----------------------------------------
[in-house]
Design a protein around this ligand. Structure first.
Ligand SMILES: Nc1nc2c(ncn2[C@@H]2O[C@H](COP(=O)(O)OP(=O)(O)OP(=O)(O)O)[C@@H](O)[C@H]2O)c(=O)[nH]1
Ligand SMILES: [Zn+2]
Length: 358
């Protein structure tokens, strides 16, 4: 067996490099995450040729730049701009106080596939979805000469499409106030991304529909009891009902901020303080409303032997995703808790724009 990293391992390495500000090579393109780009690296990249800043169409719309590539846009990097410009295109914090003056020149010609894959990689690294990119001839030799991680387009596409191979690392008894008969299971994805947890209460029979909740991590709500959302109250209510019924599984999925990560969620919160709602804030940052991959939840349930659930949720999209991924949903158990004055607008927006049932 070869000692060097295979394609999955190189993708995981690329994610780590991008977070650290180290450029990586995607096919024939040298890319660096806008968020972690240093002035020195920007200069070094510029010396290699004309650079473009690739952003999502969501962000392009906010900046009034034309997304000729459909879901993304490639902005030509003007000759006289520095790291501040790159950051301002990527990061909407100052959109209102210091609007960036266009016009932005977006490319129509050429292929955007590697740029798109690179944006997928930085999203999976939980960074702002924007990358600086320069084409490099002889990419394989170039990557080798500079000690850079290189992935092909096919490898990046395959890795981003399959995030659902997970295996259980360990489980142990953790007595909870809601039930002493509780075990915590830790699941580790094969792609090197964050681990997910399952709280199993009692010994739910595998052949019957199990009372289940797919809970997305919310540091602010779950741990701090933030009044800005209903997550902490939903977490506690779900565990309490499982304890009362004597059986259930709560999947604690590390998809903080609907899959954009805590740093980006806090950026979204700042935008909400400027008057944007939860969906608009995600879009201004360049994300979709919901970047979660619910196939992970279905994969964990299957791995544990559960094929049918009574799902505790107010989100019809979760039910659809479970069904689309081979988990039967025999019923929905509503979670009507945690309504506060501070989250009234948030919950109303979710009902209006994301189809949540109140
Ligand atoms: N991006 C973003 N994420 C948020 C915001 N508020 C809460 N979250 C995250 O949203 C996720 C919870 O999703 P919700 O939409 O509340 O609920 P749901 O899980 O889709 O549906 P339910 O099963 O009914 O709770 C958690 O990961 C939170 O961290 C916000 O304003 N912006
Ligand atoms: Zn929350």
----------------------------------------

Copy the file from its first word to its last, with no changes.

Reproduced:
[in-house]
Design a protein around this ligand. Structure first.
Ligand SMILES: Nc1nc2c(ncn2[C@@H]2O[C@H](COP(=O)(O)OP(=O)(O)OP(=O)(O)O)[C@@H](O)[C@H]2O)c(=O)[nH]1
Ligand SMILES: [Zn+2]
Length: 358
């Protein structure tokens, strides 16, 4: 067996490099995450040729730049701009106080596939979805000469499409106030991304529909009891009902901020303080409303032997995703808790724009 990293391992390495500000090579393109780009690296990249800043169409719309590539846009990097410009295109914090003056020149010609894959990689690294990119001839030799991680387009596409191979690392008894008969299971994805947890209460029979909740991590709500959302109250209510019924599984999925990560969620919160709602804030940052991959939840349930659930949720999209991924949903158990004055607008927006049932 070869000692060097295979394609999955190189993708995981690329994610780590991008977070650290180290450029990586995607096919024939040298890319660096806008968020972690240093002035020195920007200069070094510029010396290699004309650079473009690739952003999502969501962000392009906010900046009034034309997304000729459909879901993304490639902005030509003007000759006289520095790291501040790159950051301002990527990061909407100052959109209102210091609007960036266009016009932005977006490319129509050429292929955007590697740029798109690179944006997928930085999203999976939980960074702002924007990358600086320069084409490099002889990419394989170039990557080798500079000690850079290189992935092909096919490898990046395959890795981003399959995030659902997970295996259980360990489980142990953790007595909870809601039930002493509780075990915590830790699941580790094969792609090197964050681990997910399952709280199993009692010994739910595998052949019957199990009372289940797919809970997305919310540091602010779950741990701090933030009044800005209903997550902490939903977490506690779900565990309490499982304890009362004597059986259930709560999947604690590390998809903080609907899959954009805590740093980006806090950026979204700042935008909400400027008057944007939860969906608009995600879009201004360049994300979709919901970047979660619910196939992970279905994969964990299957791995544990559960094929049918009574799902505790107010989100019809979760039910659809479970069904689309081979988990039967025999019923929905509503979670009507945690309504506060501070989250009234948030919950109303979710009902209006994301189809949540109140
Ligand atoms: N991006 C973003 N994420 C948020 C915001 N508020 C809460 N979250 C995250 O949203 C996720 C919870 O999703 P919700 O939409 O509340 O609920 P749901 O899980 O889709 O549906 P339910 O099963 O009914 O709770 C958690 O990961 C939170 O961290 C916000 O304003 N912006
Ligand atoms: Zn929350």